The last adhesion point of the cavernoma is identified, coagulated, and cut with microscissors, which makes it ready to remove it in an unblock fashion.

06:00 Hemostasis

The resection bed is inspected under high magnification to ensure complete resection and secure hemostasis.

06:15 Dural closure

Meticulous hemostasis is achieved. Pial tuck-up sutures are released, and the edges of the dura are reapproximated and dura is closed in watertight fashion with a running 5-0 suture.

Standard multilayer soft-tissue wound closure is performed.

The patient did well and was ambulatory on the postoperative day number 1 with minimal posterior column deficit worse on the right side.

07:00 Postoperative imaging

MR obtained 3 months postoperatively demonstrates no residual cavernoma with hemosiderin deposits.

References

  • 1

    Badhiwala JHFarrokhyar FAlhazzani WYarascavitch BAref MAlgird A: Surgical outcomes and natural history of intramedullary spinal cord cavernous malformations: a single-center series and meta-analysis of individual patient data: clinic article. J Neurosurg Spine 21:6626762014

    • Crossref
    • PubMed
    • Search Google Scholar
    • Export Citation
  • 2

    Deletis VSala F: Intraoperative neurophysiological monitoring of the spinal cord during spinal cord and spine surgery: a review focus on the corticospinal tracts. Clin Neurophysiol 119:2482642008

    • Crossref
    • PubMed
    • Search Google Scholar
    • Export Citation
  • 3

    Dziedzic TKunert PMatyja EZiora-Jakutowicz KSidoti AMarchel A: Familial cerebral cavernous malformation. Folia Neuropathol 50:1521582012

  • 4

    Kivelev JNiemela MHernesniemi J: Outcome after microsurgery in 14 patients with spinal cavernomas and review of the literature. J Neurosurg Spine 13:5245342010

    • Crossref
    • PubMed
    • Search Google Scholar
    • Export Citation
  • 5

    Lu DCLawton MT: Clinical presentation and surgical management of intramedullary spinal cord cavernous malformations. Neurosurg Focus 29(3):E122010

  • 6

    Mitha APTurner JDSpetzler RF: Surgical approaches to intramedullary cavernous malformations of the spinal cord. Neurosurgery 68:3173242011

  • 7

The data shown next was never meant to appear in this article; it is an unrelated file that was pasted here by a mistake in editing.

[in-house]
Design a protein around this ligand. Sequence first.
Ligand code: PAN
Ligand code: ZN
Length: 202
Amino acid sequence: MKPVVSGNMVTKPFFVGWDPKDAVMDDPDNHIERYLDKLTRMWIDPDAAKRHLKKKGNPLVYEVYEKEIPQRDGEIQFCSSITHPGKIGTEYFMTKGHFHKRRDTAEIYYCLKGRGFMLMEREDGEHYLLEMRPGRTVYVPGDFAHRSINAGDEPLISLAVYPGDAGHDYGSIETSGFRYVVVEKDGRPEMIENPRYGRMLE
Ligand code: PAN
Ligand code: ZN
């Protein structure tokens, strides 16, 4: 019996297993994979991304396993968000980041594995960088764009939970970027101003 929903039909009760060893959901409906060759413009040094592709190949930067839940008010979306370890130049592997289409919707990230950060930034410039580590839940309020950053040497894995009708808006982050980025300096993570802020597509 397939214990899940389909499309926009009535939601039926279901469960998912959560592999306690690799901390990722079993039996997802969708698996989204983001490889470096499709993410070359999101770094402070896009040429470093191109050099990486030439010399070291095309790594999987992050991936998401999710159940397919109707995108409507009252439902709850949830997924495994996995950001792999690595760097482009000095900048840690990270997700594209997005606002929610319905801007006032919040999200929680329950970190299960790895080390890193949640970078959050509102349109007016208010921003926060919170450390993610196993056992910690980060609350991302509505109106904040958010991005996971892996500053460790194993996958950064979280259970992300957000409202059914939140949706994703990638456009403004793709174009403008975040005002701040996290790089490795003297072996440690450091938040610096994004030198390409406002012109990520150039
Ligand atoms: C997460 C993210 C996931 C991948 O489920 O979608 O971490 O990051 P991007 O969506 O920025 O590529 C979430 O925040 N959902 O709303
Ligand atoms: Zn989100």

Reitz MBurkhardt TVettorazzi ERaimund FFritzsche ESchmidt NO: Intramedullary spinal cavernoma: clinical presentation, microsurgical approach, and long-term outcome in a cohort of 48 patients. Neurosurg Focus 39(2):E192015

    • Crossref
    • Search Google Scholar
    • Export Citation
  • 8

    Ren JHong THe CLi XMa YYu J: Surgical approaches and long-term outcomes of intramedullary spinal cord cavernous malformations: a single-center consecutive series of 219 patients. J Neurosurg Spine [epub ahead of print April 5 2019. DOI: 10.3171/2018.12.SPINE181263

    • PubMed
    • Search Google Scholar
    • Export Citation

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Article Information

Correspondence Tomasz A. Dziedzic, Medical University of Warsaw, Warsaw, Poland. tdziedzic@wum.edu.pl.

INCLUDE WHEN CITING Published online July 1, 2019; DOI: http://thejns.org/doi/abs/10.3171/2019.7.FocusVid.19137

Disclosures The authors report no conflict of interest concerning the materials or methods used in this study or the findings specified in this article.

© AANS, except where prohibited by US copyright law.

Headings

References

  • 1

    Badhiwala JHFarrokhyar FAlhazzani WYarascavitch BAref MAlgird A: Surgical outcomes and natural history of intramedullary spinal cord cavernous malformations: a single-center series and meta-analysis of individual patient data: clinic article. J Neurosurg Spine 21:6626762014

    • Crossref
    • PubMed
    • Search Google Scholar
    • Export Citation
  • 2

    Deletis VSala F: Intraoperative neurophysiological monitoring of the spinal cord during spinal cord and spine surgery: a review focus on the corticospinal tracts. Clin Neurophysiol 119:2482642008

    • Crossref
    • PubMed
    • Search Google Scholar
    • Export Citation
  • 3

    Dziedzic TKunert PMatyja EZiora-Jakutowicz KSidoti AMarchel A: Familial cerebral cavernous malformation. Folia Neuropathol 50:1521582012

  • 4

    Kivelev JNiemela MHernesniemi J: Outcome after microsurgery in 14 patients with spinal cavernomas and review of the literature. J Neurosurg Spine 13:5245342010

    • Crossref
    • PubMed
    • Search Google Scholar
    • Export Citation
  • 5

    Lu DCLawton MT: Clinical presentation and surgical management of intramedullary spinal cord cavernous malformations. Neurosurg Focus 29(3):E122010

  • 6

    Mitha APTurner JDSpetzler RF: Surgical approaches to intramedullary cavernous malformations of the spinal cord. Neurosurgery 68:3173242011

  • 7

    Reitz MBurkhardt TVettorazzi ERaimund FFritzsche ESchmidt NO: Intramedullary spinal cavernoma: clinical presentation, microsurgical approach, and long-term outcome in a cohort of 48 patients. Neurosurg Focus 39(2):E192015

    • Crossref
    • Search Google Scholar
    • Export Citation
  • 8

    Ren JHong THe CLi XMa YYu J: Surgical approaches and long-term outcomes of intramedullary spinal cord cavernous malformations: a single-center consecutive series of 219 patients. J Neurosurg Spine [epub ahead of print April 5 2019. DOI: 10.3171/2018.12.SPINE181263

    • PubMed
    • Search Google Scholar
    • Export Citation